ìThat was my year in 1964,î Marovic opined. ìI broke out and led the team in just about every category. That was the culmination of an excellent year ñ the sad thing is we didnít play enough games, but that was always a problem for northern teams and is still a problem today. The hardware was nice and they had a nice banquet for me at WVU and I still have the All American ring.
Marovic endured a nightmare season in 1965 batting .175, but still managed to steal 22 bases. The team finished 19-9 and did not make the post season.
ìI was injured and the only people who knew about it were Coach Harrick and a couple of other guys,î Marovic lamented. ìI messed my knee up playing basketball over the winter, and I used to run all the time and I was running one day and something snapped and I hit the floor and it took a long time for that to heal. It put a real damper on my career in my final season. It happens, guys get injured and Iím not going to use that as an excuse.î
Marovic also laments the fact that his senior year ruined any chances of playing professional baseball.
ìI had some offers after my junior year,î Marovic explained. ìUnfortunately, my dad and my coach said if you do well your senior year they will give you more money ñ so youíll be better off to play another year. I came back and looking back maybe I should have left. Baltimore offered me a contract when I tried out at Memorial Stadium and they wanted to sign me. I always think what if after what happened and time went on.î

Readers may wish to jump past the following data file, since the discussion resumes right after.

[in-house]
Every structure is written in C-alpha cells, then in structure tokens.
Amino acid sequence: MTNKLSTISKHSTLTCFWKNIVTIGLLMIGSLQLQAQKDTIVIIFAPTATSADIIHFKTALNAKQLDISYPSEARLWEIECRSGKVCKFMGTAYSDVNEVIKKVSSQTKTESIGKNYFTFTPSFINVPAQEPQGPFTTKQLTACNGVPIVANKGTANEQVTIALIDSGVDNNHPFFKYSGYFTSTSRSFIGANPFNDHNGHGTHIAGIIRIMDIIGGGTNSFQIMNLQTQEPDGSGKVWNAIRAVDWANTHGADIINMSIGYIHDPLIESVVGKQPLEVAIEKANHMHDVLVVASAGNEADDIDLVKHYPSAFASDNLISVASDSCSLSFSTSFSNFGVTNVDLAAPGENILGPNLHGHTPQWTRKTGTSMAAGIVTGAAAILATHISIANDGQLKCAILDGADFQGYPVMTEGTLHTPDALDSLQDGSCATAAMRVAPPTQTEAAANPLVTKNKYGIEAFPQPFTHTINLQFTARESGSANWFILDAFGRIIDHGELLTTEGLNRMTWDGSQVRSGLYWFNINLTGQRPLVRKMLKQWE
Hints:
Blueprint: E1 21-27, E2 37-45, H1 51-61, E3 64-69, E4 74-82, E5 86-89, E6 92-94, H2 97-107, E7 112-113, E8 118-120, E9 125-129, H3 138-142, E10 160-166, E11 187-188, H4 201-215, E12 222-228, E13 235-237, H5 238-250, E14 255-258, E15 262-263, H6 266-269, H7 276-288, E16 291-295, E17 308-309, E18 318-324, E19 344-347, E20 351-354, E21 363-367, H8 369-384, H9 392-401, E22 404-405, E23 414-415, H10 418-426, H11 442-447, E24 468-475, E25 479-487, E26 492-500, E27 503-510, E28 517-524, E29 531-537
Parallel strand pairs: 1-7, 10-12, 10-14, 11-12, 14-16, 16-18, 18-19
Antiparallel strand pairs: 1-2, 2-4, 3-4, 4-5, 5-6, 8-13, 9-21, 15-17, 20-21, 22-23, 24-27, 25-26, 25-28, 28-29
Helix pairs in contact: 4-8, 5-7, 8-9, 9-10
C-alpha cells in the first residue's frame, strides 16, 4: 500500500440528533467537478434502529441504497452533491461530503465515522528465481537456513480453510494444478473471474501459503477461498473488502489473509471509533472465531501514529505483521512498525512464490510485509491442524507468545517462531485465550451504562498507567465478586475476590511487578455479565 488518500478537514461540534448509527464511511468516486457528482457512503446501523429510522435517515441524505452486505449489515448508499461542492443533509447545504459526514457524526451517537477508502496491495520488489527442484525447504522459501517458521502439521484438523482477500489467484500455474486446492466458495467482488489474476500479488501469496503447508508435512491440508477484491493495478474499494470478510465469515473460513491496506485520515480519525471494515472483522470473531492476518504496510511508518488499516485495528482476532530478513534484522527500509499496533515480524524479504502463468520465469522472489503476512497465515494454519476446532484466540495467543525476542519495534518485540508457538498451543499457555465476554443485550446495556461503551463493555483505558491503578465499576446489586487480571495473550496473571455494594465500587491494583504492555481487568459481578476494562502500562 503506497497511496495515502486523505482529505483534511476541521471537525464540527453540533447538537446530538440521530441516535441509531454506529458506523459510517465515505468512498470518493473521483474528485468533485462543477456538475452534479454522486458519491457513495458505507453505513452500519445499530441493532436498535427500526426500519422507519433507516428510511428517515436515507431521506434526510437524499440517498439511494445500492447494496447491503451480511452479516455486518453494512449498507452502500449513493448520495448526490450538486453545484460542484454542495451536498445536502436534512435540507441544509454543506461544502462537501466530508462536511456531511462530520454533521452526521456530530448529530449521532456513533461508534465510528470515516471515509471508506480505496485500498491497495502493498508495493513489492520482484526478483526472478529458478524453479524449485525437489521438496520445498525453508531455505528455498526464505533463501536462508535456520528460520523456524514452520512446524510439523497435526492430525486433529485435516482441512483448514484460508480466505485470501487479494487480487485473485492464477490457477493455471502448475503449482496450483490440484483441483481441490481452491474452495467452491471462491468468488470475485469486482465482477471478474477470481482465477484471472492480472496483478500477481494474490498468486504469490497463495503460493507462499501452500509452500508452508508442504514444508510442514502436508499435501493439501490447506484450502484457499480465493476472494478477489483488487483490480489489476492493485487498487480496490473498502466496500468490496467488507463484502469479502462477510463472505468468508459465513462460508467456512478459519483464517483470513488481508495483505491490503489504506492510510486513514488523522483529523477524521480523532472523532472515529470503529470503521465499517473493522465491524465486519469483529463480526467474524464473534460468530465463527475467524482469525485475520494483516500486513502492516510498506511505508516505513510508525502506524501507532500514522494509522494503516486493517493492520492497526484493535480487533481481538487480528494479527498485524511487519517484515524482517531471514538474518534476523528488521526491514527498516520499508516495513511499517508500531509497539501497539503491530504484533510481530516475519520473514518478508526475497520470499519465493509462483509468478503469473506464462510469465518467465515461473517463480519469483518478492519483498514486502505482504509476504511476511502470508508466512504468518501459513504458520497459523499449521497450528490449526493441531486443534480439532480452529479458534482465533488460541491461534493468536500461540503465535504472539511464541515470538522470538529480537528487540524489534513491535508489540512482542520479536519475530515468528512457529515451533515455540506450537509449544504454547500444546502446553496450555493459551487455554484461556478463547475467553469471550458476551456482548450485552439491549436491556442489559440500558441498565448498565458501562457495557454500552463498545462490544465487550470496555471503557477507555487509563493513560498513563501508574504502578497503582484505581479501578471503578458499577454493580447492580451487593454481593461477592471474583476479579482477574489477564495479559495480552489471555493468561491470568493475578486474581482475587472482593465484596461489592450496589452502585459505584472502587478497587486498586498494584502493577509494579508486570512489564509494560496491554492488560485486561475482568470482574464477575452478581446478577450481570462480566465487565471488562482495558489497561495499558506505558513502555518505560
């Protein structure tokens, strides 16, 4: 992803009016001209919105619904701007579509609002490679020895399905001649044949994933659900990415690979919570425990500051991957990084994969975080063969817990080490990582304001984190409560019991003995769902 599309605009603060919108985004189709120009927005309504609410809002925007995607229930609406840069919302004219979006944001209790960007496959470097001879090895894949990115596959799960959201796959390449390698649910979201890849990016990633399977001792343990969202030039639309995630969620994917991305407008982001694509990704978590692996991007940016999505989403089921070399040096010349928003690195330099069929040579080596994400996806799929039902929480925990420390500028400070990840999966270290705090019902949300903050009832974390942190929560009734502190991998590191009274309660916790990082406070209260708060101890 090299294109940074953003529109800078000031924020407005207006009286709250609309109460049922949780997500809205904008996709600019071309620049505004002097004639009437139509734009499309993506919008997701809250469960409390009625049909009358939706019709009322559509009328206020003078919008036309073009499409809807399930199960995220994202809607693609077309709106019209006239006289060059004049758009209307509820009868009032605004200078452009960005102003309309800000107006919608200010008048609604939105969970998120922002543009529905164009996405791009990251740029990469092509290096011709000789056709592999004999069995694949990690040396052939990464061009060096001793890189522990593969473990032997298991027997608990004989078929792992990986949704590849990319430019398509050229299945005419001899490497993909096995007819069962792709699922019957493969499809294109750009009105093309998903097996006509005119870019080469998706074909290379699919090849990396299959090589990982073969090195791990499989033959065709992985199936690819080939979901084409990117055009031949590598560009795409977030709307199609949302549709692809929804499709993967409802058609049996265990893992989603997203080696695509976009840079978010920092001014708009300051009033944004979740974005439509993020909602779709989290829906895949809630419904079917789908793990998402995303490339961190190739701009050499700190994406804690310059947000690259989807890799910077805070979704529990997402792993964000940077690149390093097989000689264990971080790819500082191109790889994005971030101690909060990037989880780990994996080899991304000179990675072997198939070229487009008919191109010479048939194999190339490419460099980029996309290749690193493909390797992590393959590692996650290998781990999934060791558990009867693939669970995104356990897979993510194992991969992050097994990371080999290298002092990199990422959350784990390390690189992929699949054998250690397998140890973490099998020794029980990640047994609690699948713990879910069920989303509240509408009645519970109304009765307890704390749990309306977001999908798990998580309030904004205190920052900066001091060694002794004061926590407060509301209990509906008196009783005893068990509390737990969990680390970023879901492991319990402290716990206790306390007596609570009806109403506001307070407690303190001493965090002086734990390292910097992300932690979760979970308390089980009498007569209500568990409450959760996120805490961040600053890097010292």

In 1965, Marovic was featured on the cover of the 1965 Collegiate Baseball Guide. He still holds the WVU school record with 74 career stolen bases and was inducted into West Virginia University Athletic Hall of Fame in 1999.
Marovic, 73, got his degree from West Virginia and then spent 38 years teaching in the German and then Albert Gallatin School districts, before he retired in 2004. Marovic was married for 32 years and his wife Evelyn passed away in 1998. They had two children Dave and Donna. He remarried to Joy Anderson, a nurse, and they have been married 10 years. She has two sons by a previous marriage Johnny and Joby that Marovic is very close to.
ìI grew up in Leckrone and played at the Leckrone ball field and it was like my second home,î Marovic said. ìI enjoyed my childhood and my teenage years and I think I enjoyed them a lot more than kids do today. Iíve got no complaints; Iíve had a great life.î
George Von Benko's "Memory Lane" columns appear in the Sunday editions of the Herald-Standard. He also hosts a sports talk show on WMBS-AM radio from 10 a.m. to noon on Saturdays